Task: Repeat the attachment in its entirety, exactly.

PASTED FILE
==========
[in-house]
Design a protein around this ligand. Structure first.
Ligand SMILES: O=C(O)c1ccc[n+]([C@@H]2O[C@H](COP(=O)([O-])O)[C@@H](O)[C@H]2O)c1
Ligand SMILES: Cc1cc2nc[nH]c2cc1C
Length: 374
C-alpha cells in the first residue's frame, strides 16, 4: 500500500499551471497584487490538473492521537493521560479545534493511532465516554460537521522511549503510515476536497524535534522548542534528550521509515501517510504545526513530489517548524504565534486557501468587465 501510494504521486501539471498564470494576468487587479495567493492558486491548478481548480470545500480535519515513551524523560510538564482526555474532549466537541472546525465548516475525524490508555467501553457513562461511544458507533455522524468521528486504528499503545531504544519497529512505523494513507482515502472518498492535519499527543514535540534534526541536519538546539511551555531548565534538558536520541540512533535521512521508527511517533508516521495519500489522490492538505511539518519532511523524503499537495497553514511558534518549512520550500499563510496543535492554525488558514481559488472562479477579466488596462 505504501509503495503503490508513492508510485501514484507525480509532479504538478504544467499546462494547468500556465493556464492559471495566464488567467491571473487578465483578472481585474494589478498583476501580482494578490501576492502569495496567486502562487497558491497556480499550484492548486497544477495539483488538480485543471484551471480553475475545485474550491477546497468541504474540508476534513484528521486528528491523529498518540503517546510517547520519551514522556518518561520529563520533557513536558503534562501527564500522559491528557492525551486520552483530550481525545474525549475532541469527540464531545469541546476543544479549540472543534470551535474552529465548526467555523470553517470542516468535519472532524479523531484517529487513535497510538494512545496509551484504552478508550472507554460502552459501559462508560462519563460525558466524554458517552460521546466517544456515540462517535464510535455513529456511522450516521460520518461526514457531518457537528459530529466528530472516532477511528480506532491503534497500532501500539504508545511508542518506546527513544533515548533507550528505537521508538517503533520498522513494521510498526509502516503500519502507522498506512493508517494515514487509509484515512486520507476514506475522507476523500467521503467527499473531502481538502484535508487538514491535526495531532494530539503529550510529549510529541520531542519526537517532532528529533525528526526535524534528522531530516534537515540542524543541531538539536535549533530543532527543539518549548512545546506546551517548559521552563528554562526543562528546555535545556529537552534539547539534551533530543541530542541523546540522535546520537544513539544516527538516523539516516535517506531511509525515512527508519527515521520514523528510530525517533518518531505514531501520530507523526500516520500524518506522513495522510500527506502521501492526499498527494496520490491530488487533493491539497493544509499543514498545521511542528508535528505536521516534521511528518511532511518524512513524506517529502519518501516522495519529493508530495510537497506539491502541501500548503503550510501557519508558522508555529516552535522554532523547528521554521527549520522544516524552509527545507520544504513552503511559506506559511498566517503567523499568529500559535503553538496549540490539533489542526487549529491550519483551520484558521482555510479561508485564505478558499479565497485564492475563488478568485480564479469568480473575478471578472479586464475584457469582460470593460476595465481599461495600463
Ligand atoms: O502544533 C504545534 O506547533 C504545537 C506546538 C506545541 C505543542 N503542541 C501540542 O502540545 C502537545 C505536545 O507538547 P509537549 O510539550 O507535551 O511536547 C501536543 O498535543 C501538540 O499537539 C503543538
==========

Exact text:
[in-house]
Design a protein around this ligand. Structure first.
Ligand SMILES: O=C(O)c1ccc[n+]([C@@H]2O[C@H](COP(=O)([O-])O)[C@@H](O)[C@H]2O)c1
Ligand SMILES: Cc1cc2nc[nH]c2cc1C
Length: 374
C-alpha cells in the first residue's frame, strides 16, 4: 500500500499551471497584487490538473492521537493521560479545534493511532465516554460537521522511549503510515476536497524535534522548542534528550521509515501517510504545526513530489517548524504565534486557501468587465 501510494504521486501539471498564470494576468487587479495567493492558486491548478481548480470545500480535519515513551524523560510538564482526555474532549466537541472546525465548516475525524490508555467501553457513562461511544458507533455522524468521528486504528499503545531504544519497529512505523494513507482515502472518498492535519499527543514535540534534526541536519538546539511551555531548565534538558536520541540512533535521512521508527511517533508516521495519500489522490492538505511539518519532511523524503499537495497553514511558534518549512520550500499563510496543535492554525488558514481559488472562479477579466488596462 505504501509503495503503490508513492508510485501514484507525480509532479504538478504544467499546462494547468500556465493556464492559471495566464488567467491571473487578465483578472481585474494589478498583476501580482494578490501576492502569495496567486502562487497558491497556480499550484492548486497544477495539483488538480485543471484551471480553475475545485474550491477546497468541504474540508476534513484528521486528528491523529498518540503517546510517547520519551514522556518518561520529563520533557513536558503534562501527564500522559491528557492525551486520552483530550481525545474525549475532541469527540464531545469541546476543544479549540472543534470551535474552529465548526467555523470553517470542516468535519472532524479523531484517529487513535497510538494512545496509551484504552478508550472507554460502552459501559462508560462519563460525558466524554458517552460521546466517544456515540462517535464510535455513529456511522450516521460520518461526514457531518457537528459530529466528530472516532477511528480506532491503534497500532501500539504508545511508542518506546527513544533515548533507550528505537521508538517503533520498522513494521510498526509502516503500519502507522498506512493508517494515514487509509484515512486520507476514506475522507476523500467521503467527499473531502481538502484535508487538514491535526495531532494530539503529550510529549510529541520531542519526537517532532528529533525528526526535524534528522531530516534537515540542524543541531538539536535549533530543532527543539518549548512545546506546551517548559521552563528554562526543562528546555535545556529537552534539547539534551533530543541530542541523546540522535546520537544513539544516527538516523539516516535517506531511509525515512527508519527515521520514523528510530525517533518518531505514531501520530507523526500516520500524518506522513495522510500527506502521501492526499498527494496520490491530488487533493491539497493544509499543514498545521511542528508535528505536521516534521511528518511532511518524512513524506517529502519518501516522495519529493508530495510537497506539491502541501500548503503550510501557519508558522508555529516552535522554532523547528521554521527549520522544516524552509527545507520544504513552503511559506506559511498566517503567523499568529500559535503553538496549540490539533489542526487549529491550519483551520484558521482555510479561508485564505478558499479565497485564492475563488478568485480564479469568480473575478471578472479586464475584457469582460470593460476595465481599461495600463
Ligand atoms: O502544533 C504545534 O506547533 C504545537 C506546538 C506545541 C505543542 N503542541 C501540542 O502540545 C502537545 C505536545 O507538547 P509537549 O510539550 O507535551 O511536547 C501536543 O498535543 C501538540 O499537539 C503543538